Last week, I did a post directed at foreign retirees living in Mexico explaining how they can maximize their money by choosing the right time and method to transfer currency from their country of origin to their Mexican bank account.
In case you missed it, you can check it out here: Retired in Mexico: Choosing the Right Time and Method to Transfer Your Money.
The timing of that post was very arbitrary, but coincidentally, the U.S. dollar has recently surged against the Mexican peso and has reached the highest level since the beginning of January of this year: 19.45 pesos. In contrast, back in April the dollar was down to 18.0 pesos.
Many economists attribute the decline in the value of the peso to a variety of factors including investor uncertainty about the future of the North American Free Trade Agreement (NAFTA) and the upcoming presidential election in Mexico scheduled for July of this year.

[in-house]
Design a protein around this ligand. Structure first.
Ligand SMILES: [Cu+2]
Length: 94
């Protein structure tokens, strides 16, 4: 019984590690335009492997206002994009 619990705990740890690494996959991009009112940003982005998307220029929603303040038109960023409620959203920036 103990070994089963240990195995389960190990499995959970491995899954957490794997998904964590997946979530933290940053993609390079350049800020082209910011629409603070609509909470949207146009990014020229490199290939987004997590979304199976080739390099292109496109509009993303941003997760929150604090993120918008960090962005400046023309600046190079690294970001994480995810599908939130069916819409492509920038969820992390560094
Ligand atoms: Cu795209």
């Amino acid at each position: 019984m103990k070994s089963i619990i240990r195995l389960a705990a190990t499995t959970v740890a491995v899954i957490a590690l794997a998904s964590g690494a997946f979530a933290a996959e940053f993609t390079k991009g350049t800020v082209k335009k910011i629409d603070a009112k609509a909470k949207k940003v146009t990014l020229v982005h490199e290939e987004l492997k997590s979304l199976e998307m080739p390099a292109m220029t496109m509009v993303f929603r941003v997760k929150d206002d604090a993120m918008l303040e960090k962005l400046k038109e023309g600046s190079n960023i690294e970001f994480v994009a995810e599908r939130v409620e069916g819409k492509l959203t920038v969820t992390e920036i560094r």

This is good news for American retirees in Mexico who live solely on income originating in the United States. For those folks, this surge can mean a lot more pesos in their pocket — but only if they actually exchange dollars for pesos before the rate drops again.
Let’s Wrap This Up
Most retirees that we know in Mexico don’t pay much attention to exchange rates and simply transfer money from their home country to Mexico on regular intervals.
One of our friends was like that until I showed him how he has missed out on several thousand pesos of income over the past few months by not choosing the optimal time to make his transfers. He looked a little depressed when he saw the numbers but he vowed not to make that mistake again. It’s amazing what you can learn at Happy Hour.